Going to watch this film after it’s already been Oscar-nominated and Eddie Redmayne’s picked up the Golden Globe sets expectations pretty high. But of course The Theory of Everything is based on the true story of real people, Stephen and Jane Hawking, so there were people with even huger expectations than the normal film-going public.
Nevertheless, it is clear to see why The Theory of Everything has taken both the awards world and the hearts of ordinary people by storm. I have barely heard a bad word said about it and I absolutely see why.
I have been a fan of Eddie Redmayne ever since his teary appearance in Les Miserables in 2012 and I’m so happy he had the opportunity to show the world what he can do in this film. The film would not be nearly as strong as it is without Eddie’s total transformation from an able-bodied if strange scientist to a wheelchair-bound and immobile man with the same brilliant mind. His eyes do a tremendous amount of work and the amount of preparation and work he put into creating this performance is clear. He deserves every accolade that comes his way.
Of course, the central peg of the film is Stephen’s relationship with Jane, the church-going arts student, and Felicity Jones and her endearing lopsided smile make that bond come through the screen intensely and beautifully. She starts off innocently and becomes worn down by life as a carer and a mother, understandably, but the love between them is always clear in some form.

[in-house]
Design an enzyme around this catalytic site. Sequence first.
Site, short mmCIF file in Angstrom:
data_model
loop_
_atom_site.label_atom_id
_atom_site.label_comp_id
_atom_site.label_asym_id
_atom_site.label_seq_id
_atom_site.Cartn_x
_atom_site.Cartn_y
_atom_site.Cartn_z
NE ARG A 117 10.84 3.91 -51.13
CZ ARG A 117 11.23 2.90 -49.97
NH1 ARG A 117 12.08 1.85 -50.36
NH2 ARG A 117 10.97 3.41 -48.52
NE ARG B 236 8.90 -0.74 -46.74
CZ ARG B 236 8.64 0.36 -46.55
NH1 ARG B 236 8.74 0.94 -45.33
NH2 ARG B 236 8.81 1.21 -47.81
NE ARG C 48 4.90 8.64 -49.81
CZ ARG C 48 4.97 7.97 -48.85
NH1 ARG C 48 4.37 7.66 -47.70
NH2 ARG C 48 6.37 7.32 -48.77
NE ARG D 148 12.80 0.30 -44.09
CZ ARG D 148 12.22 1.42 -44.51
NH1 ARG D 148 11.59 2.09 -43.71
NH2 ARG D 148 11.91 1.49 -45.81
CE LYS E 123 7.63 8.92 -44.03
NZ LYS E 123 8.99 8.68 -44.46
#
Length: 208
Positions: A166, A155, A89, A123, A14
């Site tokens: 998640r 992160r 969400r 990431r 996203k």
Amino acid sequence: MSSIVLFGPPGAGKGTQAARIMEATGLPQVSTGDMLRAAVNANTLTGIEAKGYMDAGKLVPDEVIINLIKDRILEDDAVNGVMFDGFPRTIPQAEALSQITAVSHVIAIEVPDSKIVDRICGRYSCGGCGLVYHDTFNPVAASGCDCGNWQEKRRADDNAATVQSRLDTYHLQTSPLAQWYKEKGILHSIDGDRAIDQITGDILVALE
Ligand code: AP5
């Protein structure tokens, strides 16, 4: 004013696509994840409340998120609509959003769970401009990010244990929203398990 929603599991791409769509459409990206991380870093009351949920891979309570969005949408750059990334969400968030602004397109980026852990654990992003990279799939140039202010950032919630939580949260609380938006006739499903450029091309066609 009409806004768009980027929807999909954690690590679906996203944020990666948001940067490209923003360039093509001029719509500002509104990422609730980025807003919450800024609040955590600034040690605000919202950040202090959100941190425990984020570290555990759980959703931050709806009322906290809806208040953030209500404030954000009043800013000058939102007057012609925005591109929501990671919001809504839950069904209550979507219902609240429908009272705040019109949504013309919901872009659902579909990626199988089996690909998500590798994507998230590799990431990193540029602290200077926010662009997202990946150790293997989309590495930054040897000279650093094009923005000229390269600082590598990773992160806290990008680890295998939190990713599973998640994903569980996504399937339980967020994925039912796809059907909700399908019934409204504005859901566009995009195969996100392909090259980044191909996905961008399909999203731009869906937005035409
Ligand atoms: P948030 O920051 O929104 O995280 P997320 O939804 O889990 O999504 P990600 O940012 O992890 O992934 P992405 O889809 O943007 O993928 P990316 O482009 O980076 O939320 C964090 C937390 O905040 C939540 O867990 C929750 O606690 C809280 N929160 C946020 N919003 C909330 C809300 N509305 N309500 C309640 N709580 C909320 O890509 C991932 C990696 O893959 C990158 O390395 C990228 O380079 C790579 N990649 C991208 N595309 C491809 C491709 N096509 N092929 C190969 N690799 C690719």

My greatest indicator of the emotions communicated by Redmayne and Jones is that my boyfriend cried. After the enfeebled scientist has a tracheostomy and his wife shows him the coloured alphabet technique for communication, he mouths ‘I love you’, encapsulating their relationship and its frustrations with just a look. And my companion cried, which is certainly not an everyday occurrence.
This emotion is sustained throughout with a beautiful piano score from Johann Johannsson which, also unusually, I listened to as soon as I got home. It sets the tone of each scene perfectly, with a contrast between busy pieces and more sustained music as Stephen became less mobile, and it does exactly what film music should; augment the story being shown on screen without being obtrusive.
There are other great things about this film I could mention, from the wonderful supporting actors to the beautiful cinematography, but that is enough gushing. Although it is a film about love rather than science, which may disappoint many Stephen Hawking fans, it is undeniably excellent in its genre and revolves around two truly special performances.